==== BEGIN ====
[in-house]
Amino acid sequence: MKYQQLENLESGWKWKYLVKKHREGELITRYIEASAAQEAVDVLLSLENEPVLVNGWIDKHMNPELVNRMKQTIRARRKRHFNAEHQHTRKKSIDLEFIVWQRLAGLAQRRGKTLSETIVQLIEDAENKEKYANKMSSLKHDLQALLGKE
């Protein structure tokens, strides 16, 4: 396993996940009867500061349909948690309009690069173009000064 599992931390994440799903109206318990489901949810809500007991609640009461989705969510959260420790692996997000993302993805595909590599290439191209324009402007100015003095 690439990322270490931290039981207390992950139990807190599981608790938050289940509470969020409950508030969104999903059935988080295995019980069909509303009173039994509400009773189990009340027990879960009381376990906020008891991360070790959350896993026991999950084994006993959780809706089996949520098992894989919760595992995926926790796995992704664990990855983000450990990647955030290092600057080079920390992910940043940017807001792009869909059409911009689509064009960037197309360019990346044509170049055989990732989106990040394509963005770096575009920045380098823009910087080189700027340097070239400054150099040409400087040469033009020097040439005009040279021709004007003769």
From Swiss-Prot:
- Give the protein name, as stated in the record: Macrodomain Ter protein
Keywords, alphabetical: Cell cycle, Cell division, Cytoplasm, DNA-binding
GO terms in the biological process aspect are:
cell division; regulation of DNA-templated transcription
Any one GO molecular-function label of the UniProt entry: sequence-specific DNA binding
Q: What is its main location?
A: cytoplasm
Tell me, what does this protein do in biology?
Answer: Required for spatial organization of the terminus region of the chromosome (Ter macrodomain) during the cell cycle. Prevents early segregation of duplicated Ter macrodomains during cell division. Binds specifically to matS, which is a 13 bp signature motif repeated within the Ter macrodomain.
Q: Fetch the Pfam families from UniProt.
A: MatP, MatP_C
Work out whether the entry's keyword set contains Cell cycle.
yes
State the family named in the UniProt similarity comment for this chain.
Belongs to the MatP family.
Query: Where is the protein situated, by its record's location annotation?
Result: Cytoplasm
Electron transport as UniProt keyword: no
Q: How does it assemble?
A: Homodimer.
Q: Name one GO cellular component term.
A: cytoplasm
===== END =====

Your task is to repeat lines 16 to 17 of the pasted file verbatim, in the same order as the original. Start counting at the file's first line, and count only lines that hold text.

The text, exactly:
Work out whether the entry's keyword set contains Cell cycle.
yes